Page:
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5 Surprises Cruising Western Australia’s Kimberley Coast

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Art

We stopped to view art twice during our trip – a high percentage considering there wasn’t an art museum within thousands of miles. Raft Point’s caves are home to 4,000-year-old Aboriginal Wandjinas art. When we arrived on the beach we were greeted by local Aboriginal guide Kenneth Gibson, whose uncle is caretaker of the spiritual art. We had colorful ochre dabbed on our faces prior to the short but steep climb to see the caves. We stop to catch our breath, admire the moon-faced people, fish, and patterns and listen to the complex “Dreamtime” origin mythology behind the art from local guide Robyn Gulwulu.

Gibson later explains that when his uncle is too old for the job, he will take the mantle of responsibility to touch up the paintings and keep the powerful Wandjinas spirits “alive and happy.” Prior to getting back into our zodiacs, we are cleansed of bad spirits by the smoke from Ironwood trees on the beach.

Our next art foray is to Jar Island in Vansittart Bay where we crowd on a ledge to see the mysterious Bradshaw Art. Long, thin ochre-painted figures almost blend into the rock. Are those spears? Is that a crown? No one knows for sure. Joseph Bradshaw, a failed pastoralist in the Kimberley who thought he could farm cattle, was the first European to discover them in 1891, and become entranced.

We listen as Orion’s Harry tells us what is known about the art. Aboriginal people don’t claim the art as their own. Legend has it that the Gwion Gwion bird pecked the rocks until he bled, then painted the images using a tail feather dipped in his blood.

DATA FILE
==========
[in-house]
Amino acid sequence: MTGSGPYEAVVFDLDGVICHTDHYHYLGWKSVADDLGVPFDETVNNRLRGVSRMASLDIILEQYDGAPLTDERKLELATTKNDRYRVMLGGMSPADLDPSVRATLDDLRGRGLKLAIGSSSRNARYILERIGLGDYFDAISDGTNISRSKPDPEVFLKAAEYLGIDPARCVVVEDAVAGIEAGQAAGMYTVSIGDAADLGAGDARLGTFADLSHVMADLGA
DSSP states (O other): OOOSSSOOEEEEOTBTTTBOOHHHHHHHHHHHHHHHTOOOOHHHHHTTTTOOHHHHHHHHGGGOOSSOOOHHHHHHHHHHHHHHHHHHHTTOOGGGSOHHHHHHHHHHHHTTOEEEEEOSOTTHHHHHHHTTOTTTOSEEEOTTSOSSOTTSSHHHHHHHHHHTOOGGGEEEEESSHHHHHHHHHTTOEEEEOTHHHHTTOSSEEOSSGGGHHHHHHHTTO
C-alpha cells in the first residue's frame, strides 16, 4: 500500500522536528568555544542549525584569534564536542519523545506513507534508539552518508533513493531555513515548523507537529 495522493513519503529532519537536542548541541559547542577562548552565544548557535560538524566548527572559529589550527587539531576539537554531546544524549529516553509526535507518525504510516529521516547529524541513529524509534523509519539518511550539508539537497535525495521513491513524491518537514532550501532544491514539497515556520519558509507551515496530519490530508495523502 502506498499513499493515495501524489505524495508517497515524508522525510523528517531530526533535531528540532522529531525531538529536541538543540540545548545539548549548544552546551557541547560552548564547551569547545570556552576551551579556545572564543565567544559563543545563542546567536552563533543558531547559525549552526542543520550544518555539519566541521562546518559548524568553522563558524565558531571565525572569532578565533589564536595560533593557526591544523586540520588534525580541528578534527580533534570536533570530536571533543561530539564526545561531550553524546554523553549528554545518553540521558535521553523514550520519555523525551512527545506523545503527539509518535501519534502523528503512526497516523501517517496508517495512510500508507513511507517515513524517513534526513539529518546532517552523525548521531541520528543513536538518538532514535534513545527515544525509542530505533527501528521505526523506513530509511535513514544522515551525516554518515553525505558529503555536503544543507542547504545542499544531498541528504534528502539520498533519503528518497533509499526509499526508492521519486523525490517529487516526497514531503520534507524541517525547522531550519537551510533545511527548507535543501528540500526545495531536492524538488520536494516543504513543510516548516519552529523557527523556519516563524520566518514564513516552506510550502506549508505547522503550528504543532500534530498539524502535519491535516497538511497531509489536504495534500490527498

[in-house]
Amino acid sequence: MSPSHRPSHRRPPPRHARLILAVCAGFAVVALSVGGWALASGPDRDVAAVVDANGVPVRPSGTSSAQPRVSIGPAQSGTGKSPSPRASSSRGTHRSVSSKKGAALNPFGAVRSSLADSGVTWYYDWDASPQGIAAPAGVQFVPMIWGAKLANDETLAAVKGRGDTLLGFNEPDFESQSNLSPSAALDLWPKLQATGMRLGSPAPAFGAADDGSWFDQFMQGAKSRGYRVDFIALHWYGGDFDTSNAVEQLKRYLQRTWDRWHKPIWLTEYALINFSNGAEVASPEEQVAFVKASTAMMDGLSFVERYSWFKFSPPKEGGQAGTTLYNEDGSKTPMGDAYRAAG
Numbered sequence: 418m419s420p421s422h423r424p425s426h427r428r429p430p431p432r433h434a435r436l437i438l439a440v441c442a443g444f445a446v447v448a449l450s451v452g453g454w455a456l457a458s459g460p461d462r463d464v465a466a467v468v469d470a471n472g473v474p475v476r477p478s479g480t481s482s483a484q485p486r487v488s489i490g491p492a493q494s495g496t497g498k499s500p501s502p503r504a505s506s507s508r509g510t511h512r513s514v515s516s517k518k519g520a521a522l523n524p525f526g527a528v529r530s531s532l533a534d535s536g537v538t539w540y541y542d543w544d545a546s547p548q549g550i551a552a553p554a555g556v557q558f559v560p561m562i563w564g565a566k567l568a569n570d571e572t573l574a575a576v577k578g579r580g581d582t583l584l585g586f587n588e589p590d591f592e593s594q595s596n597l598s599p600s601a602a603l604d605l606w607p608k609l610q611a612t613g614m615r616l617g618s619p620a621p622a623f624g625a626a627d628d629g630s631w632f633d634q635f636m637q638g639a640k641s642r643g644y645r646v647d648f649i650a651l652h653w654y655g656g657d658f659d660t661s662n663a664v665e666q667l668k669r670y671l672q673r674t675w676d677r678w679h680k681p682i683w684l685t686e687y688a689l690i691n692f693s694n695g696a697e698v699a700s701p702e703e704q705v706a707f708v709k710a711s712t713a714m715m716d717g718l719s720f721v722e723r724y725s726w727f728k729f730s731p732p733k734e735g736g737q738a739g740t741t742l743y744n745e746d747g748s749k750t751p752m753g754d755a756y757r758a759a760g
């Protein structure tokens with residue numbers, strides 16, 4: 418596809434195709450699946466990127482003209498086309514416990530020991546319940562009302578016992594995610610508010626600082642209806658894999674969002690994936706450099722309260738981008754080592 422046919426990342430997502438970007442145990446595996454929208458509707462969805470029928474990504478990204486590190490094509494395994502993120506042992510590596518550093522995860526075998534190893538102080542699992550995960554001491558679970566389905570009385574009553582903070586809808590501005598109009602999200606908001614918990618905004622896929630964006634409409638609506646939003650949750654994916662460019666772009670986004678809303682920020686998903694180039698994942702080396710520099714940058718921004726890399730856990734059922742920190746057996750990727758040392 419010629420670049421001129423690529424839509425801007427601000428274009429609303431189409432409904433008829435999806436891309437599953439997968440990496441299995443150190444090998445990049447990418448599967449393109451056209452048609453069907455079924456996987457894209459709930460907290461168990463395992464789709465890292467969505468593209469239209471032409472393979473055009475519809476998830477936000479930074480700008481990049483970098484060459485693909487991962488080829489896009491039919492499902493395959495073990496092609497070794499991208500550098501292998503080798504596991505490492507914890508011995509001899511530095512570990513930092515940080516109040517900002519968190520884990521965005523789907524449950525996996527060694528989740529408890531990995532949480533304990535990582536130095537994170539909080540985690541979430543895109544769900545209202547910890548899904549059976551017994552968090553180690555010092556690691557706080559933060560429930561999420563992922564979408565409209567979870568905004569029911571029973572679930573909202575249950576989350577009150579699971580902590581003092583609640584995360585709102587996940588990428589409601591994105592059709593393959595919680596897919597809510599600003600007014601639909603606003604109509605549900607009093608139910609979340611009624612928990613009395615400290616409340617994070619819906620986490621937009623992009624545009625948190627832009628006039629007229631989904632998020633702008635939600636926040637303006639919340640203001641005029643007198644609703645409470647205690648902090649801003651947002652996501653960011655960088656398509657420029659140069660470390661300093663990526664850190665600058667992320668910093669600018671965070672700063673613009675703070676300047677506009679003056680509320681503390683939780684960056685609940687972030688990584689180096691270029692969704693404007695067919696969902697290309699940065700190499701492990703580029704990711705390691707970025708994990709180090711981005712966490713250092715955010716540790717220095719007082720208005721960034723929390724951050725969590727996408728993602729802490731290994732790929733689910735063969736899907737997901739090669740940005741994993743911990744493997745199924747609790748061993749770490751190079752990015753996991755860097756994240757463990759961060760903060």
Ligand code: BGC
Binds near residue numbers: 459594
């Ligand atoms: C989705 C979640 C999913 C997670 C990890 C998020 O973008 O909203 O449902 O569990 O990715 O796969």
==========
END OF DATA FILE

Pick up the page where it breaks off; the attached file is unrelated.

Western archeologists are no better at determining authorship, materials or age. A fossilized Mud Wasp covering the paintings was dated at 17,000 plus years but doesn’t account for the age of the painted figures underneath.

This is Cold Case art! Some archeologists dare to date it at 50,000 years old. That would make it the oldest depiction of the human form ever. I stare at the wraith-like figures unable to process the lack of information. How can I face something unknowable in the age of Bosun Higgs? Dazed, I return to the zodiac. My journey is almost over.

As the Orion departs for Darwin, our last port of call, I decide it is appropriate that the Kimberley is home to a sphinx of this magnitude. The Bradshaw Art is an apt metaphor for the Kimberley Coast – a place troublesome to reach and difficult to comprehend – and one that ensures travel junkies and nature enthusiasts will continue to explore it into the next century.

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By Thea Klapwald for PeterGreenberg.com. Thea Klapwald writes about travel, culture and parenting with a humorous bent. Her work appears regularly in The Wall Street Journal, Westways, and TheResponsibilityProject.com. Her blog is www.awkwardtravelswiththea.wordpress.com.

 

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